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Alexander G. Ruthven Papers, 1901-1961 (majority within 1906-1951)

65.4 linear feet — 1 oversize folder

Zoologist, college professor, president of University of Michigan, 1929-1951. Professional files relating to his career with the University Museum and as a professor of zoology, and presidential files containing correspondence, reports, speeches, and other University materials, including budget and legislative files, material relating to changes in University administration, his relationship with faculty, students and alumni, and photographs.

The Alexander Ruthven papers consists of two series of records. The first is the papers of Ruthven as president of the University of Michigan, 1929 to 1951. The second, and smaller, series is the files maintained by Ruthven as a zoologist with the University Museum and as professor of zoology. This latter series dates largely from 1908 to 1929 but also includes collected earlier files from the 1870s.


Donald E. Heagle Flying collection, 1919-1946, and undated

1.25 cubic foot (in 2 boxes)

Collection includes clippings, photographs, brochures, information about famous pilots, planes, flights, plane manufacturers, airlines, general aviation history, Grand Rapids Art Fair and airport information, Heagle's pilot log book and lessons from the Furniture Capital Air School of Grand Rapids, Michigan.

The collection includes clippings from newspapers and magazines, photographs, brochures, and other memorabilia on Dr. Hugo, Eckener, Charles Lindberg and his flight to Paris, Admiral Byrd’s flight to the South Pole, women pilots, zeppelins, plane crashes, various companies that manufactured planes or plane parts, including Buhl Aircraft Company, Forker (GM.), Ford Motor Company, Kohler Corporation, and airlines including Detroit–Grand Rapids Airline, Furniture Capital Air Service, and Stout Air Service, Inc., and materials related to the Grand Rapids Air Fair, 1927, and airport, as well as the history of aviation, in general.

Also included are Heagle’s pilot log book, 1927-1931, and lessons from the Furniture Capital Air School, undated.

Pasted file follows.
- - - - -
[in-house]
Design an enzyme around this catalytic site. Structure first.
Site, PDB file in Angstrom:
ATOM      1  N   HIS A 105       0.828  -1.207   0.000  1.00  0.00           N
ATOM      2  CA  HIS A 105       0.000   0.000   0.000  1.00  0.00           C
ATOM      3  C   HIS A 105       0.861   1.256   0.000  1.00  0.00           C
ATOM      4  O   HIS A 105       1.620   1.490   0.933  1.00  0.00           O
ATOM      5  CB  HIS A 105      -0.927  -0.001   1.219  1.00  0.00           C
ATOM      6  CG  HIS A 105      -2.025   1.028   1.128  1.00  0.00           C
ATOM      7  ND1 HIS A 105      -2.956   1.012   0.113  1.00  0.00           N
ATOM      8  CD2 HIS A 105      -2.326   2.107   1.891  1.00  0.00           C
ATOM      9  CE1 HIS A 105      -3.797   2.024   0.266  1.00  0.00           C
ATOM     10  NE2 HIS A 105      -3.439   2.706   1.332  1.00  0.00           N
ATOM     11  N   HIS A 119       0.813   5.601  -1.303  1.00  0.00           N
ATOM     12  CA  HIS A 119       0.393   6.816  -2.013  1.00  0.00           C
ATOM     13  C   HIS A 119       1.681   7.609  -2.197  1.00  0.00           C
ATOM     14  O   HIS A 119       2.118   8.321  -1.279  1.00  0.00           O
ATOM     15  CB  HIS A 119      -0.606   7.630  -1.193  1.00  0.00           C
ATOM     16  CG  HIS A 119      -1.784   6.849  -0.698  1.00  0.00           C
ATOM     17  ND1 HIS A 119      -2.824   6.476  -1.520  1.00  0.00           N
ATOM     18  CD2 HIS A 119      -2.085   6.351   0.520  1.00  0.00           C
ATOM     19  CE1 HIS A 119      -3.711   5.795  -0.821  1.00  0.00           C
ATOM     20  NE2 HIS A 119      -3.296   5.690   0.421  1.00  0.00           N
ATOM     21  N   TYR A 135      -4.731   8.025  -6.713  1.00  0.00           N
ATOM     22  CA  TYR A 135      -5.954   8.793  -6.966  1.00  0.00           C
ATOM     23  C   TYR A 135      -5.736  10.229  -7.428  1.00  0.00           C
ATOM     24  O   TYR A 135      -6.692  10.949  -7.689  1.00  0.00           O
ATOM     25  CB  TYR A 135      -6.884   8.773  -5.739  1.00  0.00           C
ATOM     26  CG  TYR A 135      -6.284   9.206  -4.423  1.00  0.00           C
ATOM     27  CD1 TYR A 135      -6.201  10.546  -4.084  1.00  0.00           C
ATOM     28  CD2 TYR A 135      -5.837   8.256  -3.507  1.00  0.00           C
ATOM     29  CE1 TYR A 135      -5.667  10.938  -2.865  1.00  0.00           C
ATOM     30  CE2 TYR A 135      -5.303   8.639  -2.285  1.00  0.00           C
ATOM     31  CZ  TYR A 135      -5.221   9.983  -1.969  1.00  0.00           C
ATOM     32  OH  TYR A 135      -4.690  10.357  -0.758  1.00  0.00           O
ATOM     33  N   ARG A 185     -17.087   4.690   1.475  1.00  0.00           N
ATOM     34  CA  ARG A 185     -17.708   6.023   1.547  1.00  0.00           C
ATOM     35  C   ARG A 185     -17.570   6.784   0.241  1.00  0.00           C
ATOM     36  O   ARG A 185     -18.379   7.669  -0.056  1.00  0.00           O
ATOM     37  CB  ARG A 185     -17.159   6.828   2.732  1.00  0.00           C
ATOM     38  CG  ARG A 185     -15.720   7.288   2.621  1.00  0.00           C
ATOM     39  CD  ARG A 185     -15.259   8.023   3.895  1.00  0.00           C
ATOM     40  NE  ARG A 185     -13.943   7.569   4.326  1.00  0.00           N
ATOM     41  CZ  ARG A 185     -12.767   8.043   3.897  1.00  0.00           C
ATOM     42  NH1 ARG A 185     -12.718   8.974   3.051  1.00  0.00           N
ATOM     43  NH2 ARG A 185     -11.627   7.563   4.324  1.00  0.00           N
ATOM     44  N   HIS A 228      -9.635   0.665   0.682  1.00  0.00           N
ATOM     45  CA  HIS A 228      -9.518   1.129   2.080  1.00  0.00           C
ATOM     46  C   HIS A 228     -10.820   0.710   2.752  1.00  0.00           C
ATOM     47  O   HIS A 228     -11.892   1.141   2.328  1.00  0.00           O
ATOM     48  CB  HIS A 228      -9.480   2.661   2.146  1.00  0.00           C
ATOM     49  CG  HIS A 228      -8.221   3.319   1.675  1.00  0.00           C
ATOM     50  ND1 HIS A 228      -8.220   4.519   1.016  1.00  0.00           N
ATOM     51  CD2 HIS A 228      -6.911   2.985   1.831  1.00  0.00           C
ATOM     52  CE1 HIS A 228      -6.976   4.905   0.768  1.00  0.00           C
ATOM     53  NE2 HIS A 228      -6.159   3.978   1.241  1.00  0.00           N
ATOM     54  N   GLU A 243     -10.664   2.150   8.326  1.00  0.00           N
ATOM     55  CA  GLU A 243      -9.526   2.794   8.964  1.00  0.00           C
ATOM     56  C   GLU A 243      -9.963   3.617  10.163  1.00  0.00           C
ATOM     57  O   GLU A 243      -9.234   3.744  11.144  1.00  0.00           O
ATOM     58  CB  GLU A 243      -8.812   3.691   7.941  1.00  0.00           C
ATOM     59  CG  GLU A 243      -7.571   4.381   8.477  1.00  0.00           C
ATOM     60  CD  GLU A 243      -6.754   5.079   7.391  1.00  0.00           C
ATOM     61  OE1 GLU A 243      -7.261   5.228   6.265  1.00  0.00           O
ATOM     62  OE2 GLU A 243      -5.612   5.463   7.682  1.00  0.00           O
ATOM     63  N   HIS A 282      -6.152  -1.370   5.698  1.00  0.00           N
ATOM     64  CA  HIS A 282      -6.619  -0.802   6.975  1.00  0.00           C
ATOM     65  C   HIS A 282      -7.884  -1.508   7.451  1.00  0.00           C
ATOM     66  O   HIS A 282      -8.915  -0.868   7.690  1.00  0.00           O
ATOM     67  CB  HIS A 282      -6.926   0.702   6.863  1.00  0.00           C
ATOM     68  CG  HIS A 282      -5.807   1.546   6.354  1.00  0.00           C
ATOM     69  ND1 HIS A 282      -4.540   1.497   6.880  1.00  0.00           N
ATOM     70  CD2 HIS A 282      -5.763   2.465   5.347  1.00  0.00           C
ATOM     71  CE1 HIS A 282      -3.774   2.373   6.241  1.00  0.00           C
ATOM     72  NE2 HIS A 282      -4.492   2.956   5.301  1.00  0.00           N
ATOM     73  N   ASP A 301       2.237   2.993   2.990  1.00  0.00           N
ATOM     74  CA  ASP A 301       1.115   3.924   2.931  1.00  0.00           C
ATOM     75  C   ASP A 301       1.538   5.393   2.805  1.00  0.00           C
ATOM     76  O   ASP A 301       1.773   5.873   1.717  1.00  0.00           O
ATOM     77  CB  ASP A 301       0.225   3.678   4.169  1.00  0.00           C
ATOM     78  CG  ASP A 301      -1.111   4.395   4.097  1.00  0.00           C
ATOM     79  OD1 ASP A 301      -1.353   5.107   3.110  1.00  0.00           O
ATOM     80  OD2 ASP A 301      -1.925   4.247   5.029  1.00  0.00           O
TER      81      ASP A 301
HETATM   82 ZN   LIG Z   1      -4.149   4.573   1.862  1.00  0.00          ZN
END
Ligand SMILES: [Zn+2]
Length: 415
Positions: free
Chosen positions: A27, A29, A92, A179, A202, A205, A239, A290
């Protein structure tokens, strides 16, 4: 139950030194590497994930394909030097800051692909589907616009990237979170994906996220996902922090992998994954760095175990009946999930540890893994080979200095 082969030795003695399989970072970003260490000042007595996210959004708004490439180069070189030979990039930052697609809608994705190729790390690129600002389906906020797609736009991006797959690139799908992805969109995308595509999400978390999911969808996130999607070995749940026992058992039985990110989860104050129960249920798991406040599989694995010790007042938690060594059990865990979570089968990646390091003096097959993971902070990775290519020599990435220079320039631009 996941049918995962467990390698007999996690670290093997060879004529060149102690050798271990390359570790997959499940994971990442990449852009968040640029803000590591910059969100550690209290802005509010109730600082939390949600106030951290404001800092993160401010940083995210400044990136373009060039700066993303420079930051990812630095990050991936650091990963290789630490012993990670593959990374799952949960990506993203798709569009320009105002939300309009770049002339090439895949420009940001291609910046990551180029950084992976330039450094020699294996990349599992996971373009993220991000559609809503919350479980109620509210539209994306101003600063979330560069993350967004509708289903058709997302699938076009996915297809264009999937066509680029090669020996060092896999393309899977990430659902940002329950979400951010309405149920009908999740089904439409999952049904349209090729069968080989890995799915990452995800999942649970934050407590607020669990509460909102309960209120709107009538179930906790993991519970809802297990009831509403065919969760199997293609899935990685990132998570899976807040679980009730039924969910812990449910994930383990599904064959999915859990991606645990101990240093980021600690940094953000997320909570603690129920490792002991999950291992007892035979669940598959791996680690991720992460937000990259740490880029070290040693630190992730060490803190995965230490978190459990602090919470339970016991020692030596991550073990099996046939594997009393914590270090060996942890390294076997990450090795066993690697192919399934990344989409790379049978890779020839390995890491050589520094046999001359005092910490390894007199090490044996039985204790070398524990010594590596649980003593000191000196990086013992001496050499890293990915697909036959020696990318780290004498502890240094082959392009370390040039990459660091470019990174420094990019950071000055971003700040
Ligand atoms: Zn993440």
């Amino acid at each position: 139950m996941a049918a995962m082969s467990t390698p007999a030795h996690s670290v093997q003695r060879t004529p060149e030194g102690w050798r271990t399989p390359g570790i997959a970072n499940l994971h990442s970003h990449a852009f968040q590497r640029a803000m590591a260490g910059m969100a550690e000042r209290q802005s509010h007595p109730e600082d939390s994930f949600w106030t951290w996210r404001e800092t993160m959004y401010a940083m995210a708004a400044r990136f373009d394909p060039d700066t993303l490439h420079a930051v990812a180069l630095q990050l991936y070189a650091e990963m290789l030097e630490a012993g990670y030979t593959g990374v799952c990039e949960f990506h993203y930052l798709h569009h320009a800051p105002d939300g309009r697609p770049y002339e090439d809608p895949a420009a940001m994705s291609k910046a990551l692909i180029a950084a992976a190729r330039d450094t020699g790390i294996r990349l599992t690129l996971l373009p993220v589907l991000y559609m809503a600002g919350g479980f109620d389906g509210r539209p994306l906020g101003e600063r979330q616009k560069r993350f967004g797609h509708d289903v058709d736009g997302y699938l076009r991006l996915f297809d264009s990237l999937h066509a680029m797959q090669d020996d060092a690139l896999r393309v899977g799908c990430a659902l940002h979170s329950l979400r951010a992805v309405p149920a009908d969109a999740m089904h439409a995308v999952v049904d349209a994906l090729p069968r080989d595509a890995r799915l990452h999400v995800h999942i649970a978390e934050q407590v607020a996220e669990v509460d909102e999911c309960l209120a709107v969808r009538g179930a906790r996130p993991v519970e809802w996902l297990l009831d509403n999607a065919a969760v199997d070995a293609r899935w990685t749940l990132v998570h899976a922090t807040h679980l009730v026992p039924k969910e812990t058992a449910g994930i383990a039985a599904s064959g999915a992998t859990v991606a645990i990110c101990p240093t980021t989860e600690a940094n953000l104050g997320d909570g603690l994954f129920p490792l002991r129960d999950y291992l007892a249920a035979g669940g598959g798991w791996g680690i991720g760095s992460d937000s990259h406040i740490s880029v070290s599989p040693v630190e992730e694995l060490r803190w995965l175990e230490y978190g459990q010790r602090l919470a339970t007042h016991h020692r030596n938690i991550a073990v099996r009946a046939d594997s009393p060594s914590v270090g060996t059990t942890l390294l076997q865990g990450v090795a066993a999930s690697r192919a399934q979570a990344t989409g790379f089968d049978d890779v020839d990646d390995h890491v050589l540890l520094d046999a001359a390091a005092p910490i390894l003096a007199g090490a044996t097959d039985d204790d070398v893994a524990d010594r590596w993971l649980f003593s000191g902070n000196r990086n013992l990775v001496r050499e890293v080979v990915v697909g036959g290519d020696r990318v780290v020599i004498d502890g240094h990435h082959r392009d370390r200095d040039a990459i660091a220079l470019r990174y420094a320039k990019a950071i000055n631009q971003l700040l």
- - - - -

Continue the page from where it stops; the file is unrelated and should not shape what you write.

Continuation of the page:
John G. Claybourn Papers, 1908-1966

5.5 linear feet (in 7 boxes) — 1 oversize folder

Civil engineer, consultant on marine development and dredging, and superintendent of the dredging division of the Panama canal. Topical files relating to the maintenance and development of the Panama Canal and dredging problems in Burma, Colombia, and other Latin American countries; scrapbook relating to the Spanish-American War; and photographs.

The collection documents the professional life of John G. Claybourn, superintendent of the Dredging Division of the Panama Canal from 1921 to 1948 and a consultant on matters of river and harbor improvement. In addition to the Panama Canal, the collection illustrates the role of the United States in infrastructure development in the Third World.

The papers include materials created and collected by Claybourn in his work on the Panama Canal, materials relating to personal business activities away from his primary work, materials relating to consulting jobs and to Claybourn's activities in professional engineering societies, and personal correspondence, much of it with some business connection.

The collection is not clearly divided by topic: papers relating to a particular topic may be divided among topical files, files arranged by correspondent or company, and the general personal correspondence file. Some of the topics of interest include the following:

Burma: The papers document Claybourn's consulting work in the early 1950s, on contract with the U.S. government, to rebuild commerce on the Irrawaddy River destroyed during World War II and to develop the Dalla Dockyards near Rangoon.

Claybourn, Elsie Greiser: A scrapbook documents her activities as a long-distance swimmer and canoeist. Her retirement years are described in detail in the personal correspondence file.

Claybourn, Leslie W.: Claybourn's correspondence with his brother, an inventor and printing industry executive, provides some documentation of the development of that industry.

Colombia: In the 1920s Claybourn was involved in the development of the Dique de Cartagena, a ship canal serving that city. The papers document his relations with the Colombian government.